John Lorenzo created the Lake Lillinonah Authority (LLA) patrol in Connecticut in 1972 and served as Chief of Marine Police for 20 years. A veteran of the Korean War, he created the patrol in order to make the lake a safer environment. Initially, the patrol consisted of John and his boat serving on a voluntary basis, but by the time John retired in 1993 the patrol had twenty-eight officers.
As someone who devoted much of his life to the safety of his fellow citizens, John observed the enormous waste of resources and loss of life caused by the war on drugs and gradually came to the realization that he supported the legalization and regulation of all drugs. Drugs cause danger and suffering, he says, but their illegal status does not reduce that danger and instead causes additional widespread violence, breaking up families and hurting communities in the process.
For John, the “straw that broke the camel’s back” was the killing of Guadalupe mayor Manuel Lara Rodriguez. The murder took place in Mexico’s region of Chihuahua, which borders the United States and is plagued with daily violence as rival drug cartels wage gangland warfare. As John puts it, he does not advocate drug use, but he also does not advocate policies that result in violence and murder. Compare the regulation of alcohol after prohibition: when John was patrolling, he was able to spend his time effectively enforcing the intoxicated operating rules because he was not fruitlessly chasing alcohol possessors or responding to tragic violence related to an illegal alcohol market.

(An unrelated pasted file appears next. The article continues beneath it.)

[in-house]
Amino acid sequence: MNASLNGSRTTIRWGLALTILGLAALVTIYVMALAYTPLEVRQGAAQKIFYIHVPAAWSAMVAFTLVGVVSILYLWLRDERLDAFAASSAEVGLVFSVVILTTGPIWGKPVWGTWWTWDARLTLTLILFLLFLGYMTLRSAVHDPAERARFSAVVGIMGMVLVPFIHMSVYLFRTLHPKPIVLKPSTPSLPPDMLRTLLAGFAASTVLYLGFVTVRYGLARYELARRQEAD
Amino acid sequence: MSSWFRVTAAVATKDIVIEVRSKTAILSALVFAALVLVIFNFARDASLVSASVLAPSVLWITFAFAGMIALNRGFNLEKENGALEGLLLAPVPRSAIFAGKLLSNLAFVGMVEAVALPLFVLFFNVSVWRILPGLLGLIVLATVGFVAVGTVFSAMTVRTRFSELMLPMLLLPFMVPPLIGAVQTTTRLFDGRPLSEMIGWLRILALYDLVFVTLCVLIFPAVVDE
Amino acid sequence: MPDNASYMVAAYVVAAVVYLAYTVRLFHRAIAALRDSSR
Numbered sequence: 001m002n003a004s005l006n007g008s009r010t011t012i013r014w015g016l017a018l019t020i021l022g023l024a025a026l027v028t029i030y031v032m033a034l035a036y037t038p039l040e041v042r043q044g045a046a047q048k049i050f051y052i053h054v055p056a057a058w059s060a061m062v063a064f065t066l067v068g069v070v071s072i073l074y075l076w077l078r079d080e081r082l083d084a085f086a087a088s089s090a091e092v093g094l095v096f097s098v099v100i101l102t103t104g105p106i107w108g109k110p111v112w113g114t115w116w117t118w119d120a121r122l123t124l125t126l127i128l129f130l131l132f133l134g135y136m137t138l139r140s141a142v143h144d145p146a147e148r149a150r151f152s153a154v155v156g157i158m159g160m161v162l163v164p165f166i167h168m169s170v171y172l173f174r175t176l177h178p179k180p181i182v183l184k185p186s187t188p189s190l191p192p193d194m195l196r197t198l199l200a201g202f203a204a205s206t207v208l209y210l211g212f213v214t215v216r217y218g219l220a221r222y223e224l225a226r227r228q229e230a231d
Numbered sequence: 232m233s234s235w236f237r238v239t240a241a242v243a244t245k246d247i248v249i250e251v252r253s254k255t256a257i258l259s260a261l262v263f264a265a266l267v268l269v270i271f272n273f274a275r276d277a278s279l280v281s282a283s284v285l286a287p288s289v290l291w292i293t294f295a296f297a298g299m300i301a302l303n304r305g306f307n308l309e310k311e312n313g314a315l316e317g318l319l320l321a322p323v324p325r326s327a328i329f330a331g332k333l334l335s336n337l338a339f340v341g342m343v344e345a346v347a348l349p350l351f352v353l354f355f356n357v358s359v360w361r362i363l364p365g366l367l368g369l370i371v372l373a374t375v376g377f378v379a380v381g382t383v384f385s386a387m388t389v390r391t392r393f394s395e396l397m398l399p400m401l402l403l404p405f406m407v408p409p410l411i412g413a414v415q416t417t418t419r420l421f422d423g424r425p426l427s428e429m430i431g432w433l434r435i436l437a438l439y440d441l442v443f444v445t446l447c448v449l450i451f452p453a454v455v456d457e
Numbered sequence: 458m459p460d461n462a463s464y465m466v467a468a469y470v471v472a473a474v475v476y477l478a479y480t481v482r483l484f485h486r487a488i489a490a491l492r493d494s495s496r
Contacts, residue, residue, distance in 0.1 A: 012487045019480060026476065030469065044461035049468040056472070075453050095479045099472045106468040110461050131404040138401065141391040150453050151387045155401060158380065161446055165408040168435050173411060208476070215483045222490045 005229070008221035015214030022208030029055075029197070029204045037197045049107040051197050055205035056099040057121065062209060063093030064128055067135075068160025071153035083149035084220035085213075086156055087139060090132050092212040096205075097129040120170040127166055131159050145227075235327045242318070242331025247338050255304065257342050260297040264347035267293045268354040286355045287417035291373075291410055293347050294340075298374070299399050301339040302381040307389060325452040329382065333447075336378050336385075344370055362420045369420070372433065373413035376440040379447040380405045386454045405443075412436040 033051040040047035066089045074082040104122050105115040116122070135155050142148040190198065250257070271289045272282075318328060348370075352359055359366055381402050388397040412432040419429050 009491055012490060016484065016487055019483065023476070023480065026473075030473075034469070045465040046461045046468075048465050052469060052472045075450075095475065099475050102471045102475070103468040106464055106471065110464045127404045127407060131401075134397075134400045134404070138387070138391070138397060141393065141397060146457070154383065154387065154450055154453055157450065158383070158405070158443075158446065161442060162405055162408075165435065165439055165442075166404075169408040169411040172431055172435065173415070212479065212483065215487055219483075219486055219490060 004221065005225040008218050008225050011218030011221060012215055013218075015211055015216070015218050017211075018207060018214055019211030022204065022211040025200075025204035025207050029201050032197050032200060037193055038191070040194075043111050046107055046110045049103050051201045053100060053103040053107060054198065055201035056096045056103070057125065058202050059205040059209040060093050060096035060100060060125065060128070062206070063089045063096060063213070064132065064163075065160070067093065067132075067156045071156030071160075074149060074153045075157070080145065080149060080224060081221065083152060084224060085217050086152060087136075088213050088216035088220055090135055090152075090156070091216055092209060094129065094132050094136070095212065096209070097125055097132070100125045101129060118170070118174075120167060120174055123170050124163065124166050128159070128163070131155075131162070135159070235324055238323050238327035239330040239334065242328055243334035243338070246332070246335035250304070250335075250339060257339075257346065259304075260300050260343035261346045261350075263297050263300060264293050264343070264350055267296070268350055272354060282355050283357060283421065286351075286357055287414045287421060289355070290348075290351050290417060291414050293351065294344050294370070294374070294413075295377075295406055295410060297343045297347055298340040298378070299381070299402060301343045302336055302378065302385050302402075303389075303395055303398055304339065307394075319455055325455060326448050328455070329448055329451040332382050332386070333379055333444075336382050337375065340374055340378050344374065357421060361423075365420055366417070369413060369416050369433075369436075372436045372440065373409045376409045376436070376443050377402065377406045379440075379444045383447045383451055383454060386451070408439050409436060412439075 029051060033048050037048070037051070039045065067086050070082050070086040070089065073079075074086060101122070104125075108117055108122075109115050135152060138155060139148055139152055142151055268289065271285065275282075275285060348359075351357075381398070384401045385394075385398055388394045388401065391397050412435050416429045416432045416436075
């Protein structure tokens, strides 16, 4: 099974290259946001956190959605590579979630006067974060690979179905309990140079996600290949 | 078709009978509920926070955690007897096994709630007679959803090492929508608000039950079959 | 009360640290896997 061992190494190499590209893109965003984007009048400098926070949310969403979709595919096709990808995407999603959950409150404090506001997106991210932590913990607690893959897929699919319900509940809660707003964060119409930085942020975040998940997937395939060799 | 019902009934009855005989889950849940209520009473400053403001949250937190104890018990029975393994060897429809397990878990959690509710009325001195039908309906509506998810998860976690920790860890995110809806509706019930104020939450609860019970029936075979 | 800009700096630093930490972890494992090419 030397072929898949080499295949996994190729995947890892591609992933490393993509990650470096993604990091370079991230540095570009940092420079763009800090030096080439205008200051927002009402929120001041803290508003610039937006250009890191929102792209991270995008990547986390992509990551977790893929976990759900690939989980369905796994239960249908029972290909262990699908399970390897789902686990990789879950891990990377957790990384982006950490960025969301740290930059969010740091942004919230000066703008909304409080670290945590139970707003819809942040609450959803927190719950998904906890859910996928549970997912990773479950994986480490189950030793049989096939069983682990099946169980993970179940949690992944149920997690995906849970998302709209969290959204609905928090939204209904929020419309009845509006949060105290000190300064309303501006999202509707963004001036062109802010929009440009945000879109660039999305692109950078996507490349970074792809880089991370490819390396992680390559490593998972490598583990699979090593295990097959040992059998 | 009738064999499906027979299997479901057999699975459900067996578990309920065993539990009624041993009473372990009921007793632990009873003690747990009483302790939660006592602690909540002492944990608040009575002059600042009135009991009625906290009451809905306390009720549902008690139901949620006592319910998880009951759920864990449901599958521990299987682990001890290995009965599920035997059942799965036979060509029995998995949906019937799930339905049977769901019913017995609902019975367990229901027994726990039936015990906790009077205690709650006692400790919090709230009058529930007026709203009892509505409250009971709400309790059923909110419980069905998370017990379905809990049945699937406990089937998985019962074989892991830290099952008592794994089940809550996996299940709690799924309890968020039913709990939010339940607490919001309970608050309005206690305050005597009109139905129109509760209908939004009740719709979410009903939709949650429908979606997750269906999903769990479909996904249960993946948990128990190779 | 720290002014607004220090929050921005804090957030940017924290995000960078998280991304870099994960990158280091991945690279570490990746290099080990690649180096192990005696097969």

John’s practical views on the drug war are partially based on his unique career. In addition to serving as chief of police, John was also an electrical engineer who was awarded fifteen US patents over the course of his twenty-year career. He attended the University of Connecticut and graduated from the University of Bridgeport with an electrical engineering degree. He also attended and taught courses at the Creative Problem Solving Institute at the State University of New York at Buffalo. Currently, he lives in Southbury, CT where he and his wife Joyce volunteer for various community causes.